Christmas dinner is one of the Nation's favourite elements of the festive season. As such, whatever your family traditions or recipes, for this special meal, you may wish to incorporate some energy efficient cooking methods into cooking your feast.


You can save money by using a slow cooker to cook your turkey, or whatever other meat you choose this Christmas (slow-cooked pork belly is sure to be a show stopper). A 3kWh electric oven costs £1.02 an hour to run when running at full power, while a slow cooker costs just 5p per hour. If practical, consider cooking the meat the day before during off peak hours for an even greater saving, when electricity can be up to half of the normal peak hour cost.

Cooking meat from room temperature also reduces the cooking time, and will save you energy compared to cooking from frozen, so ensure you leave frozen meat to thaw overnight.

Cooking roast potatoes in your air fryer will be cheaper than turning on your oven, and air fryer fans swear by the crispy coating they’ll be given using this method.  You could also use an air fryer to cook parsnips, pigs in blankets, and stuffing balls - all you need is a paper and pencil to jot down the cooking times. 

Average Cost of Watching Christmas TV 

It’s not just the cost of Christmas dinner that will increase. Watching TV on Christmas Day will cost the nation around £2.2million.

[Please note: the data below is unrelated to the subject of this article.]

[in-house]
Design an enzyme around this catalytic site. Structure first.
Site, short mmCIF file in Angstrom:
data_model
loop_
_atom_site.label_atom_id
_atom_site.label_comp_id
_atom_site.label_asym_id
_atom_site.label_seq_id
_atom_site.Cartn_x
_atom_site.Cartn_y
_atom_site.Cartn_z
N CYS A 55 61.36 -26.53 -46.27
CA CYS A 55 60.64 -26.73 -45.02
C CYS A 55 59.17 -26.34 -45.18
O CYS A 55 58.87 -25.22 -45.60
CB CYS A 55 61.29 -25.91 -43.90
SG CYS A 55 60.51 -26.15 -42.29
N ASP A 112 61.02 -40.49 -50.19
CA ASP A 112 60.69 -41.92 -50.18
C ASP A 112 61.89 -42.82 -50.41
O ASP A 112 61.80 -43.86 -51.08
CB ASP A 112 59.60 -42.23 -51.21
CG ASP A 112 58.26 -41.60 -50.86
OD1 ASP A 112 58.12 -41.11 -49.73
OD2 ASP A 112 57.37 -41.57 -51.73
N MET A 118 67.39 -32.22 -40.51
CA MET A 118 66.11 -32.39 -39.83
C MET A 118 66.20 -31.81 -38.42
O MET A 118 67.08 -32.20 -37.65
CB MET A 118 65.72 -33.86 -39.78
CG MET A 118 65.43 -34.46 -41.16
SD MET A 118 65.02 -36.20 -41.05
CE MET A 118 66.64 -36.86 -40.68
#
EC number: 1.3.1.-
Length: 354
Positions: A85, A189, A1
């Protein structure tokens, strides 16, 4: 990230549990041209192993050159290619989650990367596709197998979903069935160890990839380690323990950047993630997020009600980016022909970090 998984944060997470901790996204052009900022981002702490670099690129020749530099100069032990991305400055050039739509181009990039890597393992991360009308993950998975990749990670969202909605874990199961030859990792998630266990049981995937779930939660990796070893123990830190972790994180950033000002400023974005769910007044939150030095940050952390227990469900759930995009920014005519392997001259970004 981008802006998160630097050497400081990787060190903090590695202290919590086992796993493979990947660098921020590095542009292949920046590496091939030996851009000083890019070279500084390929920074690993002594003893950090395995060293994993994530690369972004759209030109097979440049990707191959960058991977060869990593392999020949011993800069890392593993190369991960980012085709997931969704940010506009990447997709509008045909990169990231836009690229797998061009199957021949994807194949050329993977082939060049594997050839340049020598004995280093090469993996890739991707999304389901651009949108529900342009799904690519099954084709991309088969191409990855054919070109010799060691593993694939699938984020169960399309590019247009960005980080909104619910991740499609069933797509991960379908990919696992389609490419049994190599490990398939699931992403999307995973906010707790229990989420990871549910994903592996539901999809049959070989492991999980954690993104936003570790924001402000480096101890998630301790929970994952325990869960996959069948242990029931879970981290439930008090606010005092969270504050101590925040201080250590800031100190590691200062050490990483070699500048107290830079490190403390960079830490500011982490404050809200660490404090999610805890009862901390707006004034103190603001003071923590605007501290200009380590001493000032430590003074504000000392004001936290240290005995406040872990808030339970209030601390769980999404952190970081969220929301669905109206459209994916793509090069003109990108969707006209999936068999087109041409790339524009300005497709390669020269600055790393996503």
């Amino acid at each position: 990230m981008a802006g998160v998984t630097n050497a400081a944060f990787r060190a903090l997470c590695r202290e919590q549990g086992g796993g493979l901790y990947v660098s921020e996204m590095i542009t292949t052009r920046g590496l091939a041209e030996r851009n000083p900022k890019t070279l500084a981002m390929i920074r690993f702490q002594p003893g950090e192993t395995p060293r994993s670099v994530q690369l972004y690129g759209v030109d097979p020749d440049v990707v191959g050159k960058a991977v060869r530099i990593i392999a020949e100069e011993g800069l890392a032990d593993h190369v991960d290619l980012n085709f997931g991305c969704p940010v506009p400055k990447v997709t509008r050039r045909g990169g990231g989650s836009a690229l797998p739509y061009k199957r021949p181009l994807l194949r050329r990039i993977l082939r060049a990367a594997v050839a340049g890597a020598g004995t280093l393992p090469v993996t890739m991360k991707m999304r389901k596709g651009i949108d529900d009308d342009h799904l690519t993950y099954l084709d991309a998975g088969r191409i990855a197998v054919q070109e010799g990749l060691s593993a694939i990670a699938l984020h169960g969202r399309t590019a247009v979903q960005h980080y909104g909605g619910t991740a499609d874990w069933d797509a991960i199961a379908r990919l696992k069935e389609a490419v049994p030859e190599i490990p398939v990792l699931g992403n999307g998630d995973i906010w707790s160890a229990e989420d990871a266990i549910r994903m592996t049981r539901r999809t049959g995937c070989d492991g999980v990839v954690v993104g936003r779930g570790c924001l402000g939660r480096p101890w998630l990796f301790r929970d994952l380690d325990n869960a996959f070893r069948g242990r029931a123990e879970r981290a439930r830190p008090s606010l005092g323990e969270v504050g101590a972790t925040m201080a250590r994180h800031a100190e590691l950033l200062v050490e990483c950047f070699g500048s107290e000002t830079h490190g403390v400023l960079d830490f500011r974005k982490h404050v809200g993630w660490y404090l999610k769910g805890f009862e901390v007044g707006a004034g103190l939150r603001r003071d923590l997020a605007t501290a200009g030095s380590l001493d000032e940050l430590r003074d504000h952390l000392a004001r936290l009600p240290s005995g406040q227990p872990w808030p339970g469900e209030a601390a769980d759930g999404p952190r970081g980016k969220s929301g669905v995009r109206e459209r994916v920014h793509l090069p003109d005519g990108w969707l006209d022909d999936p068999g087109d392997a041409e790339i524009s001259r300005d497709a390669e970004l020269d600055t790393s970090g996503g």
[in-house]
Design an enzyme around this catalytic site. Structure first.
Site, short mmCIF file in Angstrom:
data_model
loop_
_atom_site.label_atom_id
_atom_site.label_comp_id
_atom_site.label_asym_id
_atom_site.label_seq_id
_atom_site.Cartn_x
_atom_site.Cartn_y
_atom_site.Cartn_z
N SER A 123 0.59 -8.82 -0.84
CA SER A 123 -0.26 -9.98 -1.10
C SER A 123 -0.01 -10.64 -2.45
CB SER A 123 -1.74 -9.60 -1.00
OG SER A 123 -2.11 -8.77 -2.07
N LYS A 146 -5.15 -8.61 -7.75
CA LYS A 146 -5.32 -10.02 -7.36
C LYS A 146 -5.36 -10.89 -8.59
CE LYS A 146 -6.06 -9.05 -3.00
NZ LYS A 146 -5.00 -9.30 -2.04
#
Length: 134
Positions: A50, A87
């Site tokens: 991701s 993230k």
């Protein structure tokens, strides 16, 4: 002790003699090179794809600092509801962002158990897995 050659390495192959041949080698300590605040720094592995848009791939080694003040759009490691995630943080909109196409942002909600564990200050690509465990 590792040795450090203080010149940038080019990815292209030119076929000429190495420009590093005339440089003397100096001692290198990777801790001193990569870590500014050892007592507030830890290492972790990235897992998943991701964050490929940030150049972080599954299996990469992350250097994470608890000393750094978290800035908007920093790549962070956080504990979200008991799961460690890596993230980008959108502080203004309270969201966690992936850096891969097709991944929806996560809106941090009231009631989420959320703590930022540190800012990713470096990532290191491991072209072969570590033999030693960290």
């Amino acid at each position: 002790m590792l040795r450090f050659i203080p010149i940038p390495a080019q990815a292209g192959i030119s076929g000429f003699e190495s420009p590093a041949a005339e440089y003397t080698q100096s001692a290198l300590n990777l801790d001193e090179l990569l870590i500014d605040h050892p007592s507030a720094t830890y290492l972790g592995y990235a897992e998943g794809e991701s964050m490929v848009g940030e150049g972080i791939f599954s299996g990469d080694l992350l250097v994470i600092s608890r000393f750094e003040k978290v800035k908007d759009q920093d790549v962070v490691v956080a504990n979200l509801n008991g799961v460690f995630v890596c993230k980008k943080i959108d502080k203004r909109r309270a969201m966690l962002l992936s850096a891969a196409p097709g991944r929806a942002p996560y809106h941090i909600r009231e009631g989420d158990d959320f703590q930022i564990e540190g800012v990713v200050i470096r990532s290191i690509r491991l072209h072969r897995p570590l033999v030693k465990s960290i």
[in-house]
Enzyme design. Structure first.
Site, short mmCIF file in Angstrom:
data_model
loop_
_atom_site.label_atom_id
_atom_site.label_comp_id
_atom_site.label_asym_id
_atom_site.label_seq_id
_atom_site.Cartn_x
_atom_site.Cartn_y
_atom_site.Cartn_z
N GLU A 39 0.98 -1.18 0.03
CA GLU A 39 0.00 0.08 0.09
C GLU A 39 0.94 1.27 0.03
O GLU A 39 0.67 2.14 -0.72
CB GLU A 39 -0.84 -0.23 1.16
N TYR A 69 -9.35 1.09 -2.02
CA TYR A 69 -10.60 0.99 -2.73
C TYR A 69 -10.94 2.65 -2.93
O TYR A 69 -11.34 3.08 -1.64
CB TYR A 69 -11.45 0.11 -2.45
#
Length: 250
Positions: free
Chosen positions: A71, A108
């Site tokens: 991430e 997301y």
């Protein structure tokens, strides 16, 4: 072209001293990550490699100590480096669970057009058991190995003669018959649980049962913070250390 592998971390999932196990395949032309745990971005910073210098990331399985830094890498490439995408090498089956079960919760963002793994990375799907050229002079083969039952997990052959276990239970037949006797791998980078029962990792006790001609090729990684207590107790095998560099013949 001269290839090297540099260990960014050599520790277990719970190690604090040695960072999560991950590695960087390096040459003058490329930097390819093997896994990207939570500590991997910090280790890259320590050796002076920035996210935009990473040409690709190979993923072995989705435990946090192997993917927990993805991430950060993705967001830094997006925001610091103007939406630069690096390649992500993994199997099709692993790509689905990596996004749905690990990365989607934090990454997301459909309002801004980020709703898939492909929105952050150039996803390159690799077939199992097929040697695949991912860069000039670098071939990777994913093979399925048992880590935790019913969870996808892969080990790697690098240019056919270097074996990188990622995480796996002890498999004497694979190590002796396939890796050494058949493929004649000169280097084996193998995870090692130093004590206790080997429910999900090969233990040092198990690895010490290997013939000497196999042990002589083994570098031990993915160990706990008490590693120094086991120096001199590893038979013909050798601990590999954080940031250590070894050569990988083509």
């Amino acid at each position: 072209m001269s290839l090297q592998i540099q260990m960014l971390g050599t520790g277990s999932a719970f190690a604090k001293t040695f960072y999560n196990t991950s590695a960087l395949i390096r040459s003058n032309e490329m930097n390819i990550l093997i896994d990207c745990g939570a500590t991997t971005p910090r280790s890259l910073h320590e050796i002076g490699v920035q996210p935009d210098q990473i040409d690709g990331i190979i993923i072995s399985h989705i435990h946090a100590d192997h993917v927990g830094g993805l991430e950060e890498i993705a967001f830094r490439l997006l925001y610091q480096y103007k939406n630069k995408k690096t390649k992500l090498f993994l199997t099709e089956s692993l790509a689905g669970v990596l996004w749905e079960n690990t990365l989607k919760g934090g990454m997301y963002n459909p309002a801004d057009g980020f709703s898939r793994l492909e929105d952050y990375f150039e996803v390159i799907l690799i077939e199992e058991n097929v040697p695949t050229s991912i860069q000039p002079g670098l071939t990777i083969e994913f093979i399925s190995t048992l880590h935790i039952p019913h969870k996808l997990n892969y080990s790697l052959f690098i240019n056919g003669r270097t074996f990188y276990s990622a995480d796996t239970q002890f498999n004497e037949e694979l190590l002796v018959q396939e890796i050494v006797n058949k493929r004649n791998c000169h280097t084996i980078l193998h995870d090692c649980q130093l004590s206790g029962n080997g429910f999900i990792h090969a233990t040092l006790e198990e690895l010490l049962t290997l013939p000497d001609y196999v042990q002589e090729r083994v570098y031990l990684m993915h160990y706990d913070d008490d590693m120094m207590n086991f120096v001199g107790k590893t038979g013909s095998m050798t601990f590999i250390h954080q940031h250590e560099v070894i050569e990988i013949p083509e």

Watching TV on Christmas Day is expected to cost the nation £1.2 million, compared to the £750,000 Christmas TV shows would have added to Brit’s electricity bills last year, assuming viewing figures for shows are unchanged in 2022 compared to 2021, and assuming the average TV uses around 56W of power when in use. 

Popular Christmas specials are the most expensive, with 90-minute-long programmes such as the BBC’s Call the Midwife Christmas Special, costing £423,000 in electricity to watch.  Firm favourite Christmas specials will add the most to the country’s bills, as detailed in our chart below.

Strictly Come Dancing, another huge BBC crowd-pleaser, will cost the nation a total of £195,000 in electricity bills.

Last year's speech by Her Majesty The Queen, amassed nearly 8 million viewers, and contributed £17,000 to the UK’s electricity bill, in just the 10 minutes it aired. Assuming HM King Charles III’s speech has Brits similarly glued to their screens, the 10-minute speech is estimated to add £28,000 to electricity bills.

Christmas Day TV Programme

Viewers

Energy price 2022

Cost 2021

Cost 2022

THE QUEEN

8,407,000

£0.34

£17,242.76

£27,916.84

CALL THE MIDWIFE

7,830,000

£0.34

£144,533.97

£234,007.38

STRICTLY COME DANCING

7,335,000

£0.34

£120,352.68

£194,856.72

CORONATION STREET

5,677,000

£0.34

£34,930.58

£56,554.27

MICHAEL MCINTYRE'S THE WHEEL

5,531,000

£0.34

£68,064.49